For more extensive artist's bio, articles and list of exhibitions, visit artist(s) website(s). Many of the images displayed on this site are copyrighted, and are used here only for purposes of education or critical review. All rights are reserved by the artists who created the works referenced herein.

Painting is silent poetry, and poetry is painting that speaks. Simonides

Petar Meseldzija

Petar Meseldzija

"Petar Meseldzija was born in Novi Sad, Yugoslavia, Serbia in 1965. His career started in 1981, with the publication of his comic “Krampi” in Stripoteka, one of the best-known comic magazines in Serbia. It was followed by a series of short comics and work on the licensed comic Tarzan.

Petar graduated in the painting department of Art Academy in Novi Sad. During his studies, he continued his work on comics, but also started to do illustration. In '91 he illustrated his first book, Peter Enkorak, which was published by Mladinska Knjiga from Slovenia. At the beginning of the nineties he moved to the Netherlands. He drew his last comic page in '92, and after that he dedicated himself to illustration and painting.

During the nineties Petar designed and painted about 120 posters, prints and greeting cards, mostly for Verkerke Reproducties, a Dutch poster company. For Grimm Press, a publisher from Taiwan, he illustrated King Arthur and the Knights of the Round Table.

Since 1983 Petar has exhibited his work many times in conjunction with other artists in Yugoslavia, the Netherlands and the U.S. Petar had his first solo exhibition of illustrations and paintings in '98, at the Tjalf Sparnaay Gallery in Amsterdam.

His awards include the Plaque of The International Golden Pen of Belgrade 1994, Yugoslavia; two silver awards from Spectrum: The Best in Contemporary Fantastic Art 4 and 10, U.S.; and the Art Show Judges' Choice Award, 59th World Science Fiction Convention, Philadelphia, U.S..


His original work can be found in private collections in Yugoslavia, the Netherlands, Germany and the U.S."

















Jake Baddeley



Jake Baddeley



"Jake was born in Nottingham, England, in 1964, and has been drawing since his early childhood. After finishing his education as an illustrator at the University of London in 1988 he decides to travel around Europe, which leads him to the Netherlands for the first time. During these travels he meets his wife Vanessa and in 1990 he decides to live in The Hague and to work as an illustrator. Inspired by the Dutch Masters he starts working with oil paint in 1992.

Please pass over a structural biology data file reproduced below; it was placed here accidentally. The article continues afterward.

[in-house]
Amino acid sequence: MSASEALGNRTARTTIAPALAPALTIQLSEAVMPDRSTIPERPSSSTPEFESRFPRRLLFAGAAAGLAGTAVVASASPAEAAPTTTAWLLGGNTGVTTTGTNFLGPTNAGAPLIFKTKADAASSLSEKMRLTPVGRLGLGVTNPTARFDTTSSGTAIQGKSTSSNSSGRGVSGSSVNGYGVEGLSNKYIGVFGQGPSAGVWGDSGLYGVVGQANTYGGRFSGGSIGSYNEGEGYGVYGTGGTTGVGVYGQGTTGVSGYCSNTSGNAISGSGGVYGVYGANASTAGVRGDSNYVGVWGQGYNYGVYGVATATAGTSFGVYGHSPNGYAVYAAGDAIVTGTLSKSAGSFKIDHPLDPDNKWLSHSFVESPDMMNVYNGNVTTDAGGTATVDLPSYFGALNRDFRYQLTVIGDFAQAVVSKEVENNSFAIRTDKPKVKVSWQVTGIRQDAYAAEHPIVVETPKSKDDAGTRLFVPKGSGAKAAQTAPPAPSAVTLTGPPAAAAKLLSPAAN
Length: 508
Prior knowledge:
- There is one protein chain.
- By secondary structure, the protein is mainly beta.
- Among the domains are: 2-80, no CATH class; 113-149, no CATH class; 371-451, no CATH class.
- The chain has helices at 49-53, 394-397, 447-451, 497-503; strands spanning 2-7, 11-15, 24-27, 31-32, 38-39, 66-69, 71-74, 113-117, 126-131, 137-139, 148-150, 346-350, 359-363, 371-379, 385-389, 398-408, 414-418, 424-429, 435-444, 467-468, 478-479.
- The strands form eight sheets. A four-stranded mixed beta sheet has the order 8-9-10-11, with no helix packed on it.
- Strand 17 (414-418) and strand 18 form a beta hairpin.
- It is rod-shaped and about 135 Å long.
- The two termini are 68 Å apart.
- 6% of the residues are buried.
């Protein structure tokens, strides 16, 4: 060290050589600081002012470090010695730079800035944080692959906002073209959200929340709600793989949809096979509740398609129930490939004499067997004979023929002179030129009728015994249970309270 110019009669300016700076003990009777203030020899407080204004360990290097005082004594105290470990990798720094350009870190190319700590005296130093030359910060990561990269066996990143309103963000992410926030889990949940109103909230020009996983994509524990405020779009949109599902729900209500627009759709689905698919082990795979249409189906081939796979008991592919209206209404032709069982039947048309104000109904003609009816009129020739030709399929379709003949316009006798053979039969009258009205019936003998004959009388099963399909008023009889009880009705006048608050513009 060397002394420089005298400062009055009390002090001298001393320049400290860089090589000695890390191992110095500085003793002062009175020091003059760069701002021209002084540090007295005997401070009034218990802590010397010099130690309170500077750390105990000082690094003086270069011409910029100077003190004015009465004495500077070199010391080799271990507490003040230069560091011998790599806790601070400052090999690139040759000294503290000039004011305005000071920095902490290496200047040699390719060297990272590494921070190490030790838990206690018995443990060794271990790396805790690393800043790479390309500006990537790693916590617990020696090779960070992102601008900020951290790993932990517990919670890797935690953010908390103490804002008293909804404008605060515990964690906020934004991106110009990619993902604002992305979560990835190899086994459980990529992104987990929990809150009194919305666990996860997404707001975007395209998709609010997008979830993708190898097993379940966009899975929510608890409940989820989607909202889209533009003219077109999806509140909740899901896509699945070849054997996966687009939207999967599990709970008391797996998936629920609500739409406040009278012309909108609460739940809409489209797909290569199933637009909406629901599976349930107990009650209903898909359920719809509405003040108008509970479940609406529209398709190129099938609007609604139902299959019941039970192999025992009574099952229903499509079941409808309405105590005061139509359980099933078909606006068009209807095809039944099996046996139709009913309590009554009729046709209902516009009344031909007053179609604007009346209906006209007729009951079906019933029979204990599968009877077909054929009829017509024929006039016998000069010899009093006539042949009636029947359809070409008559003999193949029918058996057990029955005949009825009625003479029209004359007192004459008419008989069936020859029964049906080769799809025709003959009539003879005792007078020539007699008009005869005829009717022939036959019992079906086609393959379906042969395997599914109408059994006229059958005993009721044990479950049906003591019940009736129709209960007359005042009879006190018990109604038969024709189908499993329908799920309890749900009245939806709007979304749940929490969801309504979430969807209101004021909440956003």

In 1996 he has his first solo exhibition. This exhibitons is, much to his own surprise, such a succes that it offers him the opportunity to paint on a full time base. Ever since he has had succesful solo and group exhibitions both nationally and internationally and his work has found it's way into many private and corporate collections.











Jake draws his inspirations from many sources: the Ancient Greeks, the Italian Renaissance Masters, the Dutch Masters, iconography, mythology, psychology and philosophy. But most of all he relies on his own subconscious and intuition which has proven manytimes to have a logic and curious indepence of its own. "




















Mikel Glass












My work is often characterized by a tension between subconscious concepts and deliberate execution.
For me, painting is a vehicle with which to explore the psyche. Chance and free association are ready doors to explore one’s condition. I feel akin to the Dadaists and Surrealists in their fear of the tyranny of the obvious and the conscious.
As a consequence, I divide into two personalities when working. First is the Zen artist who comes up with the ideas in an intuitive realm. The second is the craftsman who must actually execute those images in paint. As an artist, I feel kinship with the Freudian inspired artists that modernism has unleashed. As a craftsman, I admire Rubens and Rembrandt as the ultimate executors of painting as a craft.
The greatest peril in my process is when I come up with an idea that swims in my head. . . only to realize that it may not be appreciated by others in the physical realm.
The greatest triumph in my process is when I am able to pluck a flapping image down from the clouds of the subconscious and set it firmly in paint where it is then appreciated by others.
Either way art, at its best, provides fodder for thought. It is my hope that my work acts as a catalyst for this process.


Mikel Glass




















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